Hunter Wilkes: Regulatory certainty key for crypto’s future (Opinion)

By: Hunter Wilkes
May 4, 2024

Those who make the decisions in Washington are people far along in their life experience. They have studied in preparation for their careers, embarked on work in their chosen fields and arrived in positions of power and authority.

I stand at the precipice of that journey, at the end of my education at Charleston Catholic High School and the beginning of the path toward a vocation and a life of continual personal development.

Little from my generation has been heard inside the Beltway, where today the course is being set for years to come. Particularly unheard are those of us my age or younger who envision themselves in the fascinating world of finance and entrepreneurism. We are a small and rare group.

As part of that group, I hope I will be heard now because the decisions our elected leaders in the House and Senate are making today, the bills being advocated and laws being written, will have an impact that outlasts many of the people drafting and passing legislation. Their decisions will be those with which my generational peers and I live.

An area of interest to me is that of digital assets, more popularly known under names such as Bitcoin or cryptocurrency. Recently, I attended a West Virginia Crypto Speakers discussion led by West Virginia Regional Technology Park CEO Matt Ballard at the University of Charleston’s downtown Innovation Hub. I was the youngest attendee in the room, and I hope others my age will be inspired to gain general financial literacy and increase financial awareness.

Earlier this year, the Securities and Exchange Commission opted to permit mainstream investors to buy and sell Bitcoin like they do stocks and mutual funds. That, in turn, meant U.S. exchange-traded funds containing Bitcoin could be sold to the public.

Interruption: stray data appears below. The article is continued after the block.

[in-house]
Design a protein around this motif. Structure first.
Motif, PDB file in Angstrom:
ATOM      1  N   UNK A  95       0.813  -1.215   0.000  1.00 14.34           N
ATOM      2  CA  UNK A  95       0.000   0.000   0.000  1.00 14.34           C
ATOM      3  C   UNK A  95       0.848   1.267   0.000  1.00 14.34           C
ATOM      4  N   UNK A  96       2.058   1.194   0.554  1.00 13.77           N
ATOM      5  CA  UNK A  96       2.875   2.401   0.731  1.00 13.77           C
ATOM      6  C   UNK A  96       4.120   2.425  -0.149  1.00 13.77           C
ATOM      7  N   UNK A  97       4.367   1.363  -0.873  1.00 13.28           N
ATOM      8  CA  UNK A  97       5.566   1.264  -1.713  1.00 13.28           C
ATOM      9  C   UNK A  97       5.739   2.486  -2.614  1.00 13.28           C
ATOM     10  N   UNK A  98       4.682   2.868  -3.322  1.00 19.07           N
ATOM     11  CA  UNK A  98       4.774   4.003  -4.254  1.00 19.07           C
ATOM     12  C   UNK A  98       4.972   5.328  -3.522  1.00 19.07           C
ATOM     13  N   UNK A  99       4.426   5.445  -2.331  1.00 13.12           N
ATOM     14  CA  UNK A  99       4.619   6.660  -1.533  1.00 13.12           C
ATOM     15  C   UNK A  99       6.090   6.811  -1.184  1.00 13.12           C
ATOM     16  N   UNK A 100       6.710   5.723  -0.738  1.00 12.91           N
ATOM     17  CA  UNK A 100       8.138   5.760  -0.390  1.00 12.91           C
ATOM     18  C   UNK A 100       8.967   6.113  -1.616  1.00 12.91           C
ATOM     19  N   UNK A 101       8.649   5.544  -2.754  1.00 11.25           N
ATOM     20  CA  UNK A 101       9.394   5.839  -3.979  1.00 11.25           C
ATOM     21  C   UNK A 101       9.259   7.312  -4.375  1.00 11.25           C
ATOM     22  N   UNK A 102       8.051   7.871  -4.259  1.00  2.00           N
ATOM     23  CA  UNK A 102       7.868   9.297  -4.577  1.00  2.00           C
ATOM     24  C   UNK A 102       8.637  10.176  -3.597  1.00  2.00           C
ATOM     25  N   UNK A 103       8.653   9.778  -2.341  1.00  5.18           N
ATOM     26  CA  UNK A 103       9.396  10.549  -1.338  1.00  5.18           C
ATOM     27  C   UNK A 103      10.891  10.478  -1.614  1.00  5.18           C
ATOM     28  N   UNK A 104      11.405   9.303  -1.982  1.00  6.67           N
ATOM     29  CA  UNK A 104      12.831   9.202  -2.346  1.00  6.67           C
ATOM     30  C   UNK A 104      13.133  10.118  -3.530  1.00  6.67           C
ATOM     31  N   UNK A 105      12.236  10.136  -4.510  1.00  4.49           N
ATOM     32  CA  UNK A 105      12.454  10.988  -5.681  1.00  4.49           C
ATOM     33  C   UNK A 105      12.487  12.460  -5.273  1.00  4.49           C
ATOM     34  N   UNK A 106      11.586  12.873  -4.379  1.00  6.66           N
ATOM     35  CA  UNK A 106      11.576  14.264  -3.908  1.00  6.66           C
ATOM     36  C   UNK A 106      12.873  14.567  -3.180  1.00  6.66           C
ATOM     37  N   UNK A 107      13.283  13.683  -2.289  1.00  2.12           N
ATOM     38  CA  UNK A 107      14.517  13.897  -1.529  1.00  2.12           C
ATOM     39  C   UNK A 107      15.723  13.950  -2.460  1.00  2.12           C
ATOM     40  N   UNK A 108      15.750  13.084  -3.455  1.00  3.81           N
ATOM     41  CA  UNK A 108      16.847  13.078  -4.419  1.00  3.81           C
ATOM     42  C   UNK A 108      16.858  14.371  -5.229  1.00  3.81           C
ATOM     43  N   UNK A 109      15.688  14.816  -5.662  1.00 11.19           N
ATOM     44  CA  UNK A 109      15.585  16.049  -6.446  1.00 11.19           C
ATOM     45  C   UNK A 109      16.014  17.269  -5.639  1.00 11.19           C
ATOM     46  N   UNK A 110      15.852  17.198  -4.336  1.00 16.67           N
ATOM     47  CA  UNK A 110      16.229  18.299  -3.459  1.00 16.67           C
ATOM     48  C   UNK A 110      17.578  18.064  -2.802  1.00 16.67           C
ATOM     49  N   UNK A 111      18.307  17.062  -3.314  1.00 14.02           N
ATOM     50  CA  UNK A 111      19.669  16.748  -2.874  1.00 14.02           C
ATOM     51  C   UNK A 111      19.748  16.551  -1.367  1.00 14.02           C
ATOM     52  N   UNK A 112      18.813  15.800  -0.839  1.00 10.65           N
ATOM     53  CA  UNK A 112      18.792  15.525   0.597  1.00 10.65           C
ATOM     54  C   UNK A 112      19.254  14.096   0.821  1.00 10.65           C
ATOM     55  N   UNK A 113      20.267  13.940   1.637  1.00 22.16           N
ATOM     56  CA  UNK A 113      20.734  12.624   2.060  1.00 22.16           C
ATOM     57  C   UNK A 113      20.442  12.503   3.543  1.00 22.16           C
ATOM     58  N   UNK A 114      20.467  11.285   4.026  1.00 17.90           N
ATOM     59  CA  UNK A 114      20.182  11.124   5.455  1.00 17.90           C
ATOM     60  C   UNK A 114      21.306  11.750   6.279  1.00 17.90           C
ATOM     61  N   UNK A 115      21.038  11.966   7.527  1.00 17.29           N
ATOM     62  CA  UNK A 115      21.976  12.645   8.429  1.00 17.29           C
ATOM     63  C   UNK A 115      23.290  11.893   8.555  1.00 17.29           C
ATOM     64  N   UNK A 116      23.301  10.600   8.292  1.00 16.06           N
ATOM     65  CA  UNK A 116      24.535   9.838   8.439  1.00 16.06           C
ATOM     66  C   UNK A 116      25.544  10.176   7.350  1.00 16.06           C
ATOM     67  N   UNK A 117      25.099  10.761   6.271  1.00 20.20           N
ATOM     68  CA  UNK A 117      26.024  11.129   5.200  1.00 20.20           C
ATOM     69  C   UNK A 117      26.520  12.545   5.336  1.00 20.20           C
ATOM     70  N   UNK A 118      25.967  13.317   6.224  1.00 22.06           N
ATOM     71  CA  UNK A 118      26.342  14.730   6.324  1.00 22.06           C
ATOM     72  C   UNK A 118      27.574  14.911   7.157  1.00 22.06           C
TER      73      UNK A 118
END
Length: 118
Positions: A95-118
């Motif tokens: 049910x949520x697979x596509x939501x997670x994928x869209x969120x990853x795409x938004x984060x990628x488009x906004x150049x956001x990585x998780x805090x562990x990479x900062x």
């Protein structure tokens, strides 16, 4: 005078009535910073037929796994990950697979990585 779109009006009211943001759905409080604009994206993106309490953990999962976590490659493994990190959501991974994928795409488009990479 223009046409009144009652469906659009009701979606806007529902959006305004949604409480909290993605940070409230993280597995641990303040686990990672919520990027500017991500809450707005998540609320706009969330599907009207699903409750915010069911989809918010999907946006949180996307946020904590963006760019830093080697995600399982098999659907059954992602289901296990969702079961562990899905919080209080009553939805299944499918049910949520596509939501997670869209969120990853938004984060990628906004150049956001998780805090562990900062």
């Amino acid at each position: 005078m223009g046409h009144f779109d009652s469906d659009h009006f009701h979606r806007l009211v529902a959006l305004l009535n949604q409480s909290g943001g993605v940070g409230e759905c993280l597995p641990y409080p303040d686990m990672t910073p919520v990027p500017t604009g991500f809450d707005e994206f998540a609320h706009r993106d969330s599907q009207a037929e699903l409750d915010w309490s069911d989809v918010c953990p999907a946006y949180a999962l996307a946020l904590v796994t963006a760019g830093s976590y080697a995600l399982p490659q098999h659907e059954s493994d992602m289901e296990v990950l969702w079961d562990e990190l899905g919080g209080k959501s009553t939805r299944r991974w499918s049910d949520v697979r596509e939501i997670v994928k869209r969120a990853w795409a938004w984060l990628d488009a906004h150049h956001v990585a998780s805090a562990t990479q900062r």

But, among the things I learned from the UC panel, is that the future of this exciting new technology is still uncertain in America. Because of the lack of regulatory clarity — should all things crypto be under the watch of the Securities and Exchange Commission or should other agencies be involved? — some companies and entrepreneurs are taking their business outside the United States, where the legal lines are clearer.

This isn’t just something the panelists discussed. The issue was the topic of a study appearing last spring in Financial Research Letters, titled “Uncertainty in the financial regulation policy and the boom of cryptocurrencies.” A CNBC headline was similar: “Crypto has had a stellar year, but regulatory uncertainty may lurk beneath the surface through 2024.”

In a piece last fall in CoinDesk, the leading Bitcoin news site, research analyst Johnny Louey wrote that “the intensified crackdowns and charges by the SEC against the cryptocurrency industry have created a sense of regulatory uncertainty, causing some market participants to adopt a more cautious approach and reduce their exposure.”

Louey added: “[T]he implementation of restrictive monetary policies has led to a capital outflow from the riskier cryptocurrency markets to safer financial instruments.”

So, why does this matter to a kid from Elkview? I want a future that is open and in which the regulatory boundaries are clear, not one where my generation’s opportunities are limited before we even get to explore them.

That’s why I hope our elected leaders in Washington will support the Financial Innovation and Technology for the 21st Century Act, otherwise known as the FIT Act. Kristin Smith, CEO of the Blockchain Association, a trade group based in the capital, calls the FIT Act “the most comprehensive crypto regulation ever voted on by Congress.” Smith said bipartisan backing of the bill makes it “a symbol of cooperation and recognition that this sector is too important for the status quo regulatory regime to stand.”

Technology is our future, and digital assets are a critical part. My time in the world of finance is coming. Now is the time to ensure the doors of possibility stand open for everyone.

Hunter Wilkes, of Elkview, is a senior at Charleston Catholic High School, an Eagle Scout, winner of the state Department of Education’s Golden Horseshoe Award and the co-founder of Hear Hike LLC.

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